UK & World News
Ukraine Forces Seize Rebel-Held City Hall
Ukrainian forces have withdrawn from Mariupol city hall after a night of heavy fighting saw them recapture the rebel-held building.
Ukraine's Channel 5 television said earlier that the National Guard had seized the building, forcing pro-Russian rebels on to the streets.
But, according to witnesses, the soldiers made no attempt to hold on to it and pulled out after smashing furniture and office equipment.
It comes as Russian President Vladimir Putin urged separatists in southeast Ukraine to postpone a May 11 referendum on autonomy.
Foreign Secretary William Hague, who is holding talks in Kiev with the country's leaders, had told Sky News the referendum was an attempt to "disrupt" the elections being held in Ukraine on May 25.
"This will not be a referendum organised on a basis that most of the population can take part in it, so this is really an attempt to disrupt the elections," he said.
"It's very important those elections go ahead (and) that we give international support to that.
"The people here have a right to choose their own government and their own president.
"This should be a successful democracy, and our interest is in it being a democracy where they make their own choices."
Separatists in Ukraine's eastern Donetsk region told the Reuters news agency they would consider Mr Putin's request at a meeting on Thursday.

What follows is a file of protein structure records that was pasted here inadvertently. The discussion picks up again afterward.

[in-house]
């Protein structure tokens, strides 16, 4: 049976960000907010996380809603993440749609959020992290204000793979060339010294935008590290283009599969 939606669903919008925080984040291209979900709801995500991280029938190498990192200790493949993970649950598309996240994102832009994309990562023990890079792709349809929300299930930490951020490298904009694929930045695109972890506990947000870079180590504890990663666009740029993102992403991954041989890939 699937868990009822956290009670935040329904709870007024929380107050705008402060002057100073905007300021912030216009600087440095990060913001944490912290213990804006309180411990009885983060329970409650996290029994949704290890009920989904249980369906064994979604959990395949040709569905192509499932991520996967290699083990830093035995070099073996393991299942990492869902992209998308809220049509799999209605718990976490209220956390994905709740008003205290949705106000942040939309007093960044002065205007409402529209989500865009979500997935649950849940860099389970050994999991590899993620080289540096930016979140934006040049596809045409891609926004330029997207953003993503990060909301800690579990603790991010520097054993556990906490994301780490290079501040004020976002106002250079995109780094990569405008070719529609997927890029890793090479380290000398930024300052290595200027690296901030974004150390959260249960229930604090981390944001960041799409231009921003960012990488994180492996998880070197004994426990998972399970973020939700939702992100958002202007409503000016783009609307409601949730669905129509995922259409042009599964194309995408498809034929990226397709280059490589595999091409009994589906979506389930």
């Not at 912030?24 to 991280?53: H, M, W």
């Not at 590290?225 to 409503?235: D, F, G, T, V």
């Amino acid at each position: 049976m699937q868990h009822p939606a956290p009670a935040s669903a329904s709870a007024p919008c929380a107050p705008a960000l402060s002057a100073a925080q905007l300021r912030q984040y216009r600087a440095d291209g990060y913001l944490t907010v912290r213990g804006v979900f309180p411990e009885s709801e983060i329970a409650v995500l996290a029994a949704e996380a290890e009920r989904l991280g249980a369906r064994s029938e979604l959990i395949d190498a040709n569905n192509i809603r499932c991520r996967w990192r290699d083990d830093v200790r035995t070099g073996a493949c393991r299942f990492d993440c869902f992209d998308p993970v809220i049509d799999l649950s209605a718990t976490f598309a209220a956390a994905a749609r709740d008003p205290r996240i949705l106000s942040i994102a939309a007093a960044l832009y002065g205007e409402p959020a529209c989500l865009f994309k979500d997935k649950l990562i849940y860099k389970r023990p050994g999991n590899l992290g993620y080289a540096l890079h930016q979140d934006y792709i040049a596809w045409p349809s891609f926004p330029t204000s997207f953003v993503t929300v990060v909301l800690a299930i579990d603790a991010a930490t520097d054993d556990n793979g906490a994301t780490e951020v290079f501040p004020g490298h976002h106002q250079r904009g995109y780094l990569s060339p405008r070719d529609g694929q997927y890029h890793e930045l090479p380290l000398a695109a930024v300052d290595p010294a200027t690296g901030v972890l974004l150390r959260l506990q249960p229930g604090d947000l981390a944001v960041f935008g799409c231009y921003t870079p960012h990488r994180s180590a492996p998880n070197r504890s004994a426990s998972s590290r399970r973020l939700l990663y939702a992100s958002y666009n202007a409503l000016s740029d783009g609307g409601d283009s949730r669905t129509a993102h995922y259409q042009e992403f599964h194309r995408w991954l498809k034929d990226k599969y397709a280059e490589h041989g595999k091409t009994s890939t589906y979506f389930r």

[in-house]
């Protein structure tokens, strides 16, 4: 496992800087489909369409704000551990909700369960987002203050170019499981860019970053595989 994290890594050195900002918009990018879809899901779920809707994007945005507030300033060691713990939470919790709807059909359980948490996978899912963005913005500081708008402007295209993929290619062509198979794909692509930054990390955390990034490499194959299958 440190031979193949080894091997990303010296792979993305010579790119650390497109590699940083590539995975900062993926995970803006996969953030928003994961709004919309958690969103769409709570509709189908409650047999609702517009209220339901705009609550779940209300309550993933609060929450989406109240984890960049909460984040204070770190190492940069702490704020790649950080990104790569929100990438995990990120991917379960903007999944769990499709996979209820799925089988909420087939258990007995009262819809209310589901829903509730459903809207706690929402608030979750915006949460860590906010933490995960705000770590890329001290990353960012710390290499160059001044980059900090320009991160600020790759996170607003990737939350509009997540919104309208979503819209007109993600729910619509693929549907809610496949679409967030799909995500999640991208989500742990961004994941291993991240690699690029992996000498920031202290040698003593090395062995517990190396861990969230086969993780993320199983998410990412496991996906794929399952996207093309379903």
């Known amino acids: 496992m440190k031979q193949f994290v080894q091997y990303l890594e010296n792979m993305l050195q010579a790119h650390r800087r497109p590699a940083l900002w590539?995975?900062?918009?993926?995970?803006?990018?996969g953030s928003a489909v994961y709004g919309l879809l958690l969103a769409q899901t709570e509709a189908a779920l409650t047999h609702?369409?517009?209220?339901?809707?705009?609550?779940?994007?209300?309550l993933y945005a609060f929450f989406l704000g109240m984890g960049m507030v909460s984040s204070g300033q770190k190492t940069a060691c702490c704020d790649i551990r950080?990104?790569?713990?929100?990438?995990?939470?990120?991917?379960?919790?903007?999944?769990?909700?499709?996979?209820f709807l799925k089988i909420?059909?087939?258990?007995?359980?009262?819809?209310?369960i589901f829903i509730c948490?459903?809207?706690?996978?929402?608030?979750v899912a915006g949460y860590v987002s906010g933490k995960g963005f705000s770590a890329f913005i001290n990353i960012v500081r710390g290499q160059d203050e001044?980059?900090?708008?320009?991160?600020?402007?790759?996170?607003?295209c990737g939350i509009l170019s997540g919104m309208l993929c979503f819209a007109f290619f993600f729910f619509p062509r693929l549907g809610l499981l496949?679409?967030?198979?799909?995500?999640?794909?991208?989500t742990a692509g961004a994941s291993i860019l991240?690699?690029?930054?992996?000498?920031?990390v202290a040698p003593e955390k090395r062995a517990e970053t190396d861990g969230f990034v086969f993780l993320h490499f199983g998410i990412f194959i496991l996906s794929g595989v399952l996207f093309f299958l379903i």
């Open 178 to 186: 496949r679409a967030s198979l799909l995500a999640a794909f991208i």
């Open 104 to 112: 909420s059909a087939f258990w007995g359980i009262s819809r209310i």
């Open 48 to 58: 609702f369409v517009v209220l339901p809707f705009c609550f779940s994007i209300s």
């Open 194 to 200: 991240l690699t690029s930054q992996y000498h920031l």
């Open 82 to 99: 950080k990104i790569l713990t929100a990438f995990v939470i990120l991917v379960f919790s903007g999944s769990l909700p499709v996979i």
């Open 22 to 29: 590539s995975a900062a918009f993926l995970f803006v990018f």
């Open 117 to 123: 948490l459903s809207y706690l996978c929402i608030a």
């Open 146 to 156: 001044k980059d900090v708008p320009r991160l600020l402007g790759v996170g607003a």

US Secretary of State John Kerry had claimed the referendum this weekend was a fresh bid by Moscow to annex more territory.
"This is really the Crimea playbook all over again, and no civilised nation is going to recognise the results of such a bogus effort," he said.
"We flatly reject this illegal effort to further divide Ukraine."
Nato's top military commander has said it may deploy troops permanently in parts of Eastern Europe due to the increased tensions between Russia and Ukraine.
US Air Force General Philip Breedlove said: "I think this is something we will have to consider and we will tee this up for discussion through the leaderships of our nations to see where that leads.
"We need to look at our responsiveness, our readiness and then our positioning of forces to be able to address this new paradigm that we have seen demonstrated in Crimea and now on the eastern border of Ukraine."
Nato currently has a number of short-term army, air force and naval rotations in Eastern Europe until the end of this year.
Russian President Vladimir Putin has 40,000 troops on the border with Ukraine but has so far held off ordering an invasion to "protect" the Russian-speaking population.
In a financial boost, Ukraine's central bank says it has received aid worth $3.19bn from the International Monetary Fund - the first instalment of an overall IMF package of $17bn.
Kiev is expected to use the money to pay an outstanding debt to Russia's state-owned gas firm Gazprom, which has threatened to turn off the taps if it does not receive pre-payments this month.